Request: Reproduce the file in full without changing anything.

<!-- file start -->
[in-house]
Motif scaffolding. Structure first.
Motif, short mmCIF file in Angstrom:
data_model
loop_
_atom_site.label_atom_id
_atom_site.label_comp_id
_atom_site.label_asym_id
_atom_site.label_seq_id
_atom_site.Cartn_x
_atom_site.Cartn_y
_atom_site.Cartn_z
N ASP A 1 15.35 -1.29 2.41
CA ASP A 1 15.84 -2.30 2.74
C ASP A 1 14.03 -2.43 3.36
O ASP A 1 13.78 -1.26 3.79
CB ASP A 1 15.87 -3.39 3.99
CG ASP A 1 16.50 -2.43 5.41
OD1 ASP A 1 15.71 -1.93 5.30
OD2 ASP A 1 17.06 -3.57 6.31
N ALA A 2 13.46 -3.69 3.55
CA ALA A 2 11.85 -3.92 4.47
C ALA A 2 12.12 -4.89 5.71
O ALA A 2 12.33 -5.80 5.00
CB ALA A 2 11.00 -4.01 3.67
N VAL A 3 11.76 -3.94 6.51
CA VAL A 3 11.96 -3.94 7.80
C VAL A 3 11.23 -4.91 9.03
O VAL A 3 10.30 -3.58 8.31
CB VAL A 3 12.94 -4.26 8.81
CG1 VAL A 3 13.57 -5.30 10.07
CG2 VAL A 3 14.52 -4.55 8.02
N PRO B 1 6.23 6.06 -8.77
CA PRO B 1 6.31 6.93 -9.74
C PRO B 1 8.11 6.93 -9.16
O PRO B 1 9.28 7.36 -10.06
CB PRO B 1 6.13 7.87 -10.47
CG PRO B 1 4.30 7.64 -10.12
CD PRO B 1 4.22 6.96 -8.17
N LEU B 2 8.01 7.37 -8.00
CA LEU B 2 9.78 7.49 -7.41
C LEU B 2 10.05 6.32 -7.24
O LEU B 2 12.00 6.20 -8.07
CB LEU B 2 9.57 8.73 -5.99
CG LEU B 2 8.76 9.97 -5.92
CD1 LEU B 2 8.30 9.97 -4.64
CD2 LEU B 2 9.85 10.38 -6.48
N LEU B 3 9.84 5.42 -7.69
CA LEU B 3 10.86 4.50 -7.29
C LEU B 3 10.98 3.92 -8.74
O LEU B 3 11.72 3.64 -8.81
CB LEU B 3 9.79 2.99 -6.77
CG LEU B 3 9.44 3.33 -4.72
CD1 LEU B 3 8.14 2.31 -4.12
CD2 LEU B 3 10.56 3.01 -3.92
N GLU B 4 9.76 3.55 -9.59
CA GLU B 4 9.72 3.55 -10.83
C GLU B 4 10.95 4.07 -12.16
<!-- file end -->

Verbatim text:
[in-house]
Motif scaffolding. Structure first.
Motif, short mmCIF file in Angstrom:
data_model
loop_
_atom_site.label_atom_id
_atom_site.label_comp_id
_atom_site.label_asym_id
_atom_site.label_seq_id
_atom_site.Cartn_x
_atom_site.Cartn_y
_atom_site.Cartn_z
N ASP A 1 15.35 -1.29 2.41
CA ASP A 1 15.84 -2.30 2.74
C ASP A 1 14.03 -2.43 3.36
O ASP A 1 13.78 -1.26 3.79
CB ASP A 1 15.87 -3.39 3.99
CG ASP A 1 16.50 -2.43 5.41
OD1 ASP A 1 15.71 -1.93 5.30
OD2 ASP A 1 17.06 -3.57 6.31
N ALA A 2 13.46 -3.69 3.55
CA ALA A 2 11.85 -3.92 4.47
C ALA A 2 12.12 -4.89 5.71
O ALA A 2 12.33 -5.80 5.00
CB ALA A 2 11.00 -4.01 3.67
N VAL A 3 11.76 -3.94 6.51
CA VAL A 3 11.96 -3.94 7.80
C VAL A 3 11.23 -4.91 9.03
O VAL A 3 10.30 -3.58 8.31
CB VAL A 3 12.94 -4.26 8.81
CG1 VAL A 3 13.57 -5.30 10.07
CG2 VAL A 3 14.52 -4.55 8.02
N PRO B 1 6.23 6.06 -8.77
CA PRO B 1 6.31 6.93 -9.74
C PRO B 1 8.11 6.93 -9.16
O PRO B 1 9.28 7.36 -10.06
CB PRO B 1 6.13 7.87 -10.47
CG PRO B 1 4.30 7.64 -10.12
CD PRO B 1 4.22 6.96 -8.17
N LEU B 2 8.01 7.37 -8.00
CA LEU B 2 9.78 7.49 -7.41
C LEU B 2 10.05 6.32 -7.24
O LEU B 2 12.00 6.20 -8.07
CB LEU B 2 9.57 8.73 -5.99
CG LEU B 2 8.76 9.97 -5.92
CD1 LEU B 2 8.30 9.97 -4.64
CD2 LEU B 2 9.85 10.38 -6.48
N LEU B 3 9.84 5.42 -7.69
CA LEU B 3 10.86 4.50 -7.29
C LEU B 3 10.98 3.92 -8.74
O LEU B 3 11.72 3.64 -8.81
CB LEU B 3 9.79 2.99 -6.77
CG LEU B 3 9.44 3.33 -4.72
CD1 LEU B 3 8.14 2.31 -4.12
CD2 LEU B 3 10.56 3.01 -3.92
N GLU B 4 9.76 3.55 -9.59
CA GLU B 4 9.72 3.55 -10.83
C GLU B 4 10.95 4.07 -12.16